I doubt there’s anyone who grew up in Ireland in the 70s and 80s who hasn’t been for a drive. In our house, it usually happened on a Sunday. After dinner. Dinner was served (and is still served) at 1pm sharp every day and when we were on dessert (Sundays only), I’d sit and wait to see if Boss was in the mood. The words I was waiting for? ‘Sure, we might go for a drive.’
There would be no plan. We’d just get in the car and drive. I’d try to guess where we were going depending on the right and left turns he’d take. Some days, we’d to go Kilkenny. Other days we’d head to Wicklow. On special days, we’d go to the airport and watch the planes land and take off. Half the joy was in not knowing where the Sunday drive would take us.
Now, a drive is subtly different from and not to be confused with a spin. A drive has the element of surprise; a spin has a destination in mind, as in: ‘Let’s take a spin over to see XYZ.’
Earlier this week, while visiting my cousin in Wexford, the weather wasn’t cooperating. She suggested we go for a drive. No plan. Just a drive.
The first signpost of interest was to Our Lady’s Island, a pilgrimage site that I’d never heard of – and I thought I knew my shrines. The village church has been described as ‘an ecclesiastical architectural gem unsurpassed by any other in the kingdom’ (E.Hore 1875). And it is rather lovely. But it wasn’t the church that caught my interest; it was the island and the pilgrim walk.
There’s a pilgrimage season that runs from 15 August to 7 September with clear rules of engagement with nine circuits needed during the season.
- The pilgrim begins with a visit to the Parish Church
- The pilgrim now walks along the causeway to the Shrine at the entrance to the Island and prays there for a few moments.
- Next the pilgrim follows the path to the left of the Island.
- The Rosary with its fifteen decades (the Mysteries of Light are optional) is recited as the pilgrim walks around the Island.
- A stop is made at the Shrine at the head of the Island, which is at the halfway point, for another quiet prayer.
- The pilgrim continues the Rosary and walks back to the Shrine at the entrance to the Island.
A final prayer of penance is said in the Church.
I had no idea this place existed. And surprises like this are all part of ‘going for a drive’.
We passed another signpost, this time for Kilmore Quay. I remember being mad about chap from this part of Wexford back in my Banking days and was up for a visit, especially when I heard about the nineteenth-century, mud-walled thatched cottages. Not for the first time, I wondered how long you’d have to live in Ireland to know it all.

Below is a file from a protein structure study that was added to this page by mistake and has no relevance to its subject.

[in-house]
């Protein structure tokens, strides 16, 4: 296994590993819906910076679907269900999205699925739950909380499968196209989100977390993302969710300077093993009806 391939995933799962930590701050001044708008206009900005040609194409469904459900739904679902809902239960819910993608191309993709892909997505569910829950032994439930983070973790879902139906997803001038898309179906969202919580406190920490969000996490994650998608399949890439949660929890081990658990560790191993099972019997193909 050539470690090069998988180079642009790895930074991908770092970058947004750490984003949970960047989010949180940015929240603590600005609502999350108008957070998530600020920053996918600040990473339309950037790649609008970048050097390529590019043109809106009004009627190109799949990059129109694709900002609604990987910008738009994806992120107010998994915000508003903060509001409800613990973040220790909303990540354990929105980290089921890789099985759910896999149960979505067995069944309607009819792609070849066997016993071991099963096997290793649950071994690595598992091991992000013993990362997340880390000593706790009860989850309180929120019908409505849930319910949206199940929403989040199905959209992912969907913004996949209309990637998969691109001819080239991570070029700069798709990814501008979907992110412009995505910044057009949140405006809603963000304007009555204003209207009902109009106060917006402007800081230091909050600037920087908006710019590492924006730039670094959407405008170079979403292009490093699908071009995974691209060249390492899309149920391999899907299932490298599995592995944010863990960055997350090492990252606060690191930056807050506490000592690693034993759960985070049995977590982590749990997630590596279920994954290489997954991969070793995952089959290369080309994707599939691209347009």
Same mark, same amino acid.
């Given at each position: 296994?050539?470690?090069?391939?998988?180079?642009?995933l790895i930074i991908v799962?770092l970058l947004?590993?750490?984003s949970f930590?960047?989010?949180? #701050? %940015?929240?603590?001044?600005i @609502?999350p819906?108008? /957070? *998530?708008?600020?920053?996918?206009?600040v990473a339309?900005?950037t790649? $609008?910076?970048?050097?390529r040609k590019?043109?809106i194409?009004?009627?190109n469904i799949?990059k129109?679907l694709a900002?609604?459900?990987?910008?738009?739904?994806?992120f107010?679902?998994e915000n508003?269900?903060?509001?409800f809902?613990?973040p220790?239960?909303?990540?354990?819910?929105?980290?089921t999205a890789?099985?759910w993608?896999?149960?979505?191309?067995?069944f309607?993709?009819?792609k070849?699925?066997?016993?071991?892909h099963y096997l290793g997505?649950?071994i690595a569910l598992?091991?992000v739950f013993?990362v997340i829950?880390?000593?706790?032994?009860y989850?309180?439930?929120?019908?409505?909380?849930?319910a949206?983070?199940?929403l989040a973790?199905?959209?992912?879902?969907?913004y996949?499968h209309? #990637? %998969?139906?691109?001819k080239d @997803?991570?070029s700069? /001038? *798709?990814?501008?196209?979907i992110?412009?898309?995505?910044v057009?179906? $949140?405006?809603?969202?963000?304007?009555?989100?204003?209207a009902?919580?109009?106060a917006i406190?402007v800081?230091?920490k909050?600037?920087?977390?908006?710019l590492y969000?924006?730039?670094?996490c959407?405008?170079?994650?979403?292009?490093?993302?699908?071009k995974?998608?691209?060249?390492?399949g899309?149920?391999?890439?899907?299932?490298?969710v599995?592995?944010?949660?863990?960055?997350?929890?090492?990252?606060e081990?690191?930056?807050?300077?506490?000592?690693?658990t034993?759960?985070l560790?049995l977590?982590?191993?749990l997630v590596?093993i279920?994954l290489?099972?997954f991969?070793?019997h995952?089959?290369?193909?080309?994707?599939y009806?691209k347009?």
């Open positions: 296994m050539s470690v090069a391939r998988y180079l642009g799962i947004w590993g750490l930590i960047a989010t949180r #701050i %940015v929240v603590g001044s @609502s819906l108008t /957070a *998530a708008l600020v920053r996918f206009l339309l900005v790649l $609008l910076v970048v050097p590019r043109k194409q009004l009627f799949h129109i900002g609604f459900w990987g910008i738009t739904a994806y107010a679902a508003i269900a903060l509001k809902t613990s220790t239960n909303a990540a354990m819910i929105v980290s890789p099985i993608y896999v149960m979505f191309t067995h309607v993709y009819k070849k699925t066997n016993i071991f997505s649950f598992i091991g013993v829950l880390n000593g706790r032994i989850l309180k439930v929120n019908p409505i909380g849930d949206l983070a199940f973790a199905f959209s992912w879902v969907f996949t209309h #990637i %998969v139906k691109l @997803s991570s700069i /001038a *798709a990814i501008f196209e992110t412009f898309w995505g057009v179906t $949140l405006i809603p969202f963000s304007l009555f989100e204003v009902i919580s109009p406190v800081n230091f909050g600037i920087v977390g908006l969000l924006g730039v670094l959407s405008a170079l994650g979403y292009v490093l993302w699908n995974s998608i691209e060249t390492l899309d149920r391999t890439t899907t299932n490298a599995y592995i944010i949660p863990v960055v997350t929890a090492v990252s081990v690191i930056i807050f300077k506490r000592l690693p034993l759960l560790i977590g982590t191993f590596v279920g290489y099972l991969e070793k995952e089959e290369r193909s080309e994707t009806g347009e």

I had a vague notion that the village was noted for its fishing and its seafood. And when you have the trawlers landing within a salt-chuck of a local chipper, there’s no question about where you’d choose to eat. The Saltee Chipper is an institution. Famous the length and breadth of the county for its fish and chips, it’s a very unassuming place with a menu that goes above and beyond your usual chipper fare. I had scallops and black pudding to start with. And then beer-battered haddock, chips, and mushy peas for my main. I like my fish and chips. I like my mushy peas. And my eyes were bigger than my belly. This was Wednesday evening. It was Friday before I needed to eat again.
The chipper is named after the Saltee Islands, a pair of privately owned islands that sit some 3-5km in the distance. I must have missed my geography class the day we did Wexford, because I’d never heard of them. The bigger of the two, the Great Saltee, is home to the most famous bird sanctuary in Ireland. The islands have been around forever. Back as far as 3500 BC, people lived there – from Neolithic man to hermits, from Vikings and Normans to medieval monks.
The islands had their heyday from 1500 to 1800 AD.
The Saltees were in the path of one of the world’s most important sea trading routes – between Britain and the American continent. They were used as a base for pirates, wreckers and smugglers. Pirates from Spain, France, North Africa and America plundered the busy merchant ships within sight of the islands. And in the days of sail the waters around the islands became known as ” the graveyard of a thousand ships” and the islands their tombstones, so dangerous was the area to shipping. The gains of the wreckers and smugglers could very well be hidden in the many caves which have mysterious and romantic names – Lady Walker’s Cave, Happy Hole, Otter’s Cave and Hell Hole, enough for any Treasure Island.
Back in 1798 (I was in school when we did the 1798 Rebellion but this story didn’t make the history books), two of the leaders hid out in a cave on the islands planning their escape to France. Rumour has it that when the boys took a bath in the cave, the soldiers spotted the soapy water running out and their hideaway was blown. They were hanged for their trouble.
But stranger still, is the story of Prince Michael the First. The Saltees are a micronation – a principality. Purchased by Prince Neale in 1943, Prince crowned himself Prince Michael the First, fulfilling a childhood promise to his mother that one day, he’d own and rule the Saltees.
This chair is erected in memory of my Mother to whom I made a vow when I was 10 years old that one day I would own the Saltee Islands and become the First Prince of the Saltees.
Henceforth my heirs and successors can only proclaim themselves Prince of these Islands by sitting in this chair fully garbed in the Robes and Crown of the Islands and take the Oath of Succession.
Michael the First
It’s amazing what you learn when you go for a drive.